It’s important for individuals and their partners to communicate openly about stress and find healthy ways to manage it together.
Why do men go silent when stressed?
Men may go silent when stressed due to a variety of psychological and social reasons. Often, it’s a learned behavior, where societal norms have taught men to internalize their problems and not express vulnerability.
Silence can also be a coping mechanism, as some men might feel they need to solve their issues on their own before they can engage with others.
Additionally, stress can lead to mental exhaustion, making communication feel more taxing.
Understanding and patience from loved ones, along with open communication, can help in these situations.
How men can manage and reduce stress
If you’re feeling overwhelmed by the daily pressures of life, try incorporating some of these activities into your daily or weekly routine.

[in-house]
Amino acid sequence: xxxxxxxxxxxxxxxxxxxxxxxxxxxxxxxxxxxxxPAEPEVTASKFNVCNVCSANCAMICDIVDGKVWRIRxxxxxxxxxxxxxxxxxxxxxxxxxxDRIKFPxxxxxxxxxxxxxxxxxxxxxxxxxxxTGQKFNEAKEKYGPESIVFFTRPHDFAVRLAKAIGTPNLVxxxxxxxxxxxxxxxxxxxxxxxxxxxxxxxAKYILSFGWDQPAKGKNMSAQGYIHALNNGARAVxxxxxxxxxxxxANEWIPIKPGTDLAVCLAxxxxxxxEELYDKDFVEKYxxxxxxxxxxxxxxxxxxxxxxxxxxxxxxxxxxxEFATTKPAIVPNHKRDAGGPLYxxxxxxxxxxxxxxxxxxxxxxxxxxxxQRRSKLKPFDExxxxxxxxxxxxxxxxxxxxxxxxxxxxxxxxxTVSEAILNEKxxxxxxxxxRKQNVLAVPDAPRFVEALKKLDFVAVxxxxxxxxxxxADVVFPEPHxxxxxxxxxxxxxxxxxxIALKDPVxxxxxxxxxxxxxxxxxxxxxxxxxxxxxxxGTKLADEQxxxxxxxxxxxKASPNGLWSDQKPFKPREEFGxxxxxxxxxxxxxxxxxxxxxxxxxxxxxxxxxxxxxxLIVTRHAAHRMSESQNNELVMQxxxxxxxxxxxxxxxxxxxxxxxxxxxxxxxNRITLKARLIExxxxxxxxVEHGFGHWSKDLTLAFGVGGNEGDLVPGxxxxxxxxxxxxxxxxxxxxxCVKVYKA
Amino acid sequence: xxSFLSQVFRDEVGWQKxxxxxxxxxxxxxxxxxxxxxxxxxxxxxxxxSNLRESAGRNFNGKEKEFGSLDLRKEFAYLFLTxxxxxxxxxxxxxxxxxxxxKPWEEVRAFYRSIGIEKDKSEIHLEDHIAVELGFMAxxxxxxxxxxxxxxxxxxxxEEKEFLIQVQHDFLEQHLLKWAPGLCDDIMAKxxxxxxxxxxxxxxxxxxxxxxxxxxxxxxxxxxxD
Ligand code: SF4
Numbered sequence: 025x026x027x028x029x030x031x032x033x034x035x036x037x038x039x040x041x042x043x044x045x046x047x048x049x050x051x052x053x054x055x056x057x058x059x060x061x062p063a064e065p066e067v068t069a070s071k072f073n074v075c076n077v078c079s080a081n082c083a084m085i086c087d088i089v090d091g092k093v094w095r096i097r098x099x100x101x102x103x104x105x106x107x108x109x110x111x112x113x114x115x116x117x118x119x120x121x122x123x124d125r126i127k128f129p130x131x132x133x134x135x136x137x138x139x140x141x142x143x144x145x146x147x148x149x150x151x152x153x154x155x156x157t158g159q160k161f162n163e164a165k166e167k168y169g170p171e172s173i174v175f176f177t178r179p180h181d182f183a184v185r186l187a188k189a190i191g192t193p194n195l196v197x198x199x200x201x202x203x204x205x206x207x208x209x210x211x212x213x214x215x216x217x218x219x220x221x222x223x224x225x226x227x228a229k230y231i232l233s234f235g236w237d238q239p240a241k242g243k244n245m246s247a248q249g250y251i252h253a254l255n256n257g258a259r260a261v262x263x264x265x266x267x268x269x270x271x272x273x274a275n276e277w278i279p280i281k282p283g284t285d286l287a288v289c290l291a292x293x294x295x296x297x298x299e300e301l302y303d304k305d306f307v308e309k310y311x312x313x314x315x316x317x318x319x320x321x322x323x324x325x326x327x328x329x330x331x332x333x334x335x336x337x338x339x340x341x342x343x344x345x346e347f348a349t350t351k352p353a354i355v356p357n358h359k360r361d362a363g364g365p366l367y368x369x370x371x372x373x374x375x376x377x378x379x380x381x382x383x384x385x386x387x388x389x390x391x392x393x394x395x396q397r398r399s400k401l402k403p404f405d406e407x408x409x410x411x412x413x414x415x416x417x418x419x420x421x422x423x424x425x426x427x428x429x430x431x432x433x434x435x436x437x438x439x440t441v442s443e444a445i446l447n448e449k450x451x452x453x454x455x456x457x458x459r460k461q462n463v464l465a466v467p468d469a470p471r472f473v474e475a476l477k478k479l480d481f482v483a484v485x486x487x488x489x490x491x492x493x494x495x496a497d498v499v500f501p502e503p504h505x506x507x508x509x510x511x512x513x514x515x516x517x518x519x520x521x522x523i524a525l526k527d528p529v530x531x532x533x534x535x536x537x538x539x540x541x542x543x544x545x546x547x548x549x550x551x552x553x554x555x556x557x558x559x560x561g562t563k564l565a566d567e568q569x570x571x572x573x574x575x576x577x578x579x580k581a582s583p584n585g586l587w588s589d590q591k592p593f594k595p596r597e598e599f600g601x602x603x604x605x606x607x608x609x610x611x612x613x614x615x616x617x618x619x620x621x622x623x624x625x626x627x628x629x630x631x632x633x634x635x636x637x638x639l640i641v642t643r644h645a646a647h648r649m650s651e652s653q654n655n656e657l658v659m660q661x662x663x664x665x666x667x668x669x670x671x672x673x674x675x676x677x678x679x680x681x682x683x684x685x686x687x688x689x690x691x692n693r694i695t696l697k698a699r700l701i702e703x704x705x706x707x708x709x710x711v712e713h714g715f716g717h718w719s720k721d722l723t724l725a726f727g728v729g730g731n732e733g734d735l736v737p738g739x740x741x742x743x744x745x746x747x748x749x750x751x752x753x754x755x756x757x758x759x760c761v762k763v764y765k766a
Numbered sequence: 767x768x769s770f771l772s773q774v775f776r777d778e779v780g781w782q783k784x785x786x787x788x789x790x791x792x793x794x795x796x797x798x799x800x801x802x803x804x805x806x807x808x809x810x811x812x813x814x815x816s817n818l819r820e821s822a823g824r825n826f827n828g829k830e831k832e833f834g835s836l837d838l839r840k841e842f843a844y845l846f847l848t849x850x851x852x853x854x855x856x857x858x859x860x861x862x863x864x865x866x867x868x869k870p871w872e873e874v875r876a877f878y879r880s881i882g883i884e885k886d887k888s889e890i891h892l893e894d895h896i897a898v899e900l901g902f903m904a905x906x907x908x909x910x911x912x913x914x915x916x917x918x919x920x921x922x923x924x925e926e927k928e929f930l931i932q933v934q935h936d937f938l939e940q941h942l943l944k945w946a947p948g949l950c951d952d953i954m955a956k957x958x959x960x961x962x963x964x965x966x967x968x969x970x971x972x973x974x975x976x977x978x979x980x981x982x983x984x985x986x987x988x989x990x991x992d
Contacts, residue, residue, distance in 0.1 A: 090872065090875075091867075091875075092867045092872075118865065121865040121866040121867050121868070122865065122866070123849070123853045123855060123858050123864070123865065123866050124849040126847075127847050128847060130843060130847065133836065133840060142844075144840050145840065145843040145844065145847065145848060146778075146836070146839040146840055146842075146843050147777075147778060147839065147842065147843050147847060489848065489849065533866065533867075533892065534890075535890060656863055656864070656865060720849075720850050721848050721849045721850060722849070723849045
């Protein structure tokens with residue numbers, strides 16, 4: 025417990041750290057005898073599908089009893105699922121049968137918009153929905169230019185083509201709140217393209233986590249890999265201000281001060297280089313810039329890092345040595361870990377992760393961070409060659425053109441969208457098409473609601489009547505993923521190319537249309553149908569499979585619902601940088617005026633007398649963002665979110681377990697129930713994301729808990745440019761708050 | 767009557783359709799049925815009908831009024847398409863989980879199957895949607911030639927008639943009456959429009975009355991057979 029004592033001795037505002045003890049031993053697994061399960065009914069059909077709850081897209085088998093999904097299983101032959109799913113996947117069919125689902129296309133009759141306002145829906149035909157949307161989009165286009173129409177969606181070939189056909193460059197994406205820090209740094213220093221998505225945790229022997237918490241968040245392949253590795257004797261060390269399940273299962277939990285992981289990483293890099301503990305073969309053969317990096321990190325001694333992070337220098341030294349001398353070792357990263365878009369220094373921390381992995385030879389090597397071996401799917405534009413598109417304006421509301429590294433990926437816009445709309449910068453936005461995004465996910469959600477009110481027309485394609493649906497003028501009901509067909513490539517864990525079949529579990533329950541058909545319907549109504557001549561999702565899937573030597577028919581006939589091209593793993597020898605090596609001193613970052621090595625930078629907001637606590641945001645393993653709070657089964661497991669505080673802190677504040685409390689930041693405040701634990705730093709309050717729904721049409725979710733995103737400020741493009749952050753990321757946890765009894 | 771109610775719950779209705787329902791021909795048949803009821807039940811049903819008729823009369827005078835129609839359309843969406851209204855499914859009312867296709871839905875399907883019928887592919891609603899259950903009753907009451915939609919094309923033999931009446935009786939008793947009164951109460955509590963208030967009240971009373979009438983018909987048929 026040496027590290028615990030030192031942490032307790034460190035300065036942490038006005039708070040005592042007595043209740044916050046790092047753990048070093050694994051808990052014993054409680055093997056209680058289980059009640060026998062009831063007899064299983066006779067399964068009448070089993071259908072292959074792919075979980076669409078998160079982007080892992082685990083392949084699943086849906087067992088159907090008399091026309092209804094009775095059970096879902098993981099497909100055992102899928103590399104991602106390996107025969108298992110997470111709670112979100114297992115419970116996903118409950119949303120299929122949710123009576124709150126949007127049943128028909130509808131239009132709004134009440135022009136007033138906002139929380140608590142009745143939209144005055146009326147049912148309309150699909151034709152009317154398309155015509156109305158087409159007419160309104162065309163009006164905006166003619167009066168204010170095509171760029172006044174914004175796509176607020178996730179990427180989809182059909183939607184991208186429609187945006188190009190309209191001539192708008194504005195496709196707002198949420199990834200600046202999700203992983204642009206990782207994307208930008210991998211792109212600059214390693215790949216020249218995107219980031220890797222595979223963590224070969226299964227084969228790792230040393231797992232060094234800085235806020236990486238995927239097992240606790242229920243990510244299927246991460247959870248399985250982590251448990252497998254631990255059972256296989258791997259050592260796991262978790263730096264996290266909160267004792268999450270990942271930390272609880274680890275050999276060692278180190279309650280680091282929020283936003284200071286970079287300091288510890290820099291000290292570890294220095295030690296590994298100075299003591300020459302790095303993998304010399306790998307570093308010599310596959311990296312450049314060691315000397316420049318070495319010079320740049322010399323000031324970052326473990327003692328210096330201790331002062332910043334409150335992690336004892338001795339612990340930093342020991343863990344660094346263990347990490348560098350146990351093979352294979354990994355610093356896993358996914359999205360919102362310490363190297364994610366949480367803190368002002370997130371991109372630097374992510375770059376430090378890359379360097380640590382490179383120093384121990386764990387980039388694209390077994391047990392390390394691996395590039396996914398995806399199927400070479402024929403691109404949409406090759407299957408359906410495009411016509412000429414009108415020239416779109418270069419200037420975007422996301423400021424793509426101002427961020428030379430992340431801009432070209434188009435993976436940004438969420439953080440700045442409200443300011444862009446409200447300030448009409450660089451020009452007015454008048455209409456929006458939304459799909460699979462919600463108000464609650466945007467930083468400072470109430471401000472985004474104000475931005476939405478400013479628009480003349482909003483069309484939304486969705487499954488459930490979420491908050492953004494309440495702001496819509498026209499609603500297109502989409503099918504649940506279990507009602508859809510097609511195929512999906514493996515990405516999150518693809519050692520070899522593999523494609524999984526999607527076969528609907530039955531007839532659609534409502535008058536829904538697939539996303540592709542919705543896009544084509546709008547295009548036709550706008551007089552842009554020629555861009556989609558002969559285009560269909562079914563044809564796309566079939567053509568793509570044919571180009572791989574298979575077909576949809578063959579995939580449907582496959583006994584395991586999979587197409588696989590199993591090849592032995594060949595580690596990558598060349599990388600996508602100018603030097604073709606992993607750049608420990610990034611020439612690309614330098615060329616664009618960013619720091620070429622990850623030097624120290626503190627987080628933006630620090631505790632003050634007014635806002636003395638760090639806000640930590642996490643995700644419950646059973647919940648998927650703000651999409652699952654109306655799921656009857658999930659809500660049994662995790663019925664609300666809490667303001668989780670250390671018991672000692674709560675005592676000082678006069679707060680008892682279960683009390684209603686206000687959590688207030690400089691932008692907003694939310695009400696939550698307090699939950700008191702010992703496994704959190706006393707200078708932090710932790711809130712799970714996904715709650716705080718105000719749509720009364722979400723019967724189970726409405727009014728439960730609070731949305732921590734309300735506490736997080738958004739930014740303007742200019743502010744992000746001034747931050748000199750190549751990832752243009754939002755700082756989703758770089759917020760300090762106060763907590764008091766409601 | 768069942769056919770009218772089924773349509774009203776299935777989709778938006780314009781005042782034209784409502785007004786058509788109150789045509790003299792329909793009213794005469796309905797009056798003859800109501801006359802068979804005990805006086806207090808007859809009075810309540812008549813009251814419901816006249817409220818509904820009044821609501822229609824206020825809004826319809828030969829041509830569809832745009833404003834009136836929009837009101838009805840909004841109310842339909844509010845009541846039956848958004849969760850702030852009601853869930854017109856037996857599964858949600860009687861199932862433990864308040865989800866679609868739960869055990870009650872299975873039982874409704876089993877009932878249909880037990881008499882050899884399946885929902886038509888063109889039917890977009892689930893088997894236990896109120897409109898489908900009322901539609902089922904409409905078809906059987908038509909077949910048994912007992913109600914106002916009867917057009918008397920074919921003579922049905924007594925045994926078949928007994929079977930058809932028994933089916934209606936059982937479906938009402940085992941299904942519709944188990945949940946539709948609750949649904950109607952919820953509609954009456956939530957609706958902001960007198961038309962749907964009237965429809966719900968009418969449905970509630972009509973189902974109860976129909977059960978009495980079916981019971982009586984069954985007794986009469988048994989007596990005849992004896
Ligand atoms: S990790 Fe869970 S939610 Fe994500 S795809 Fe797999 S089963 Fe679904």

1. Acknowledge your feelings
The first step is to acknowledge that, as a man, it’s perfectly normal and healthy to have emotions and to feel overwhelmed at times. Accepting your feelings without judgment can be a powerful step towards managing stress.
2. Redefine cultural norms
Challenge the traditional notions of toxic masculinity that often discourage men from expressing vulnerability. Embrace a healthier perspective where emotional expression and seeking help are viewed as strengths rather than weaknesses.
3. Learn stress management techniques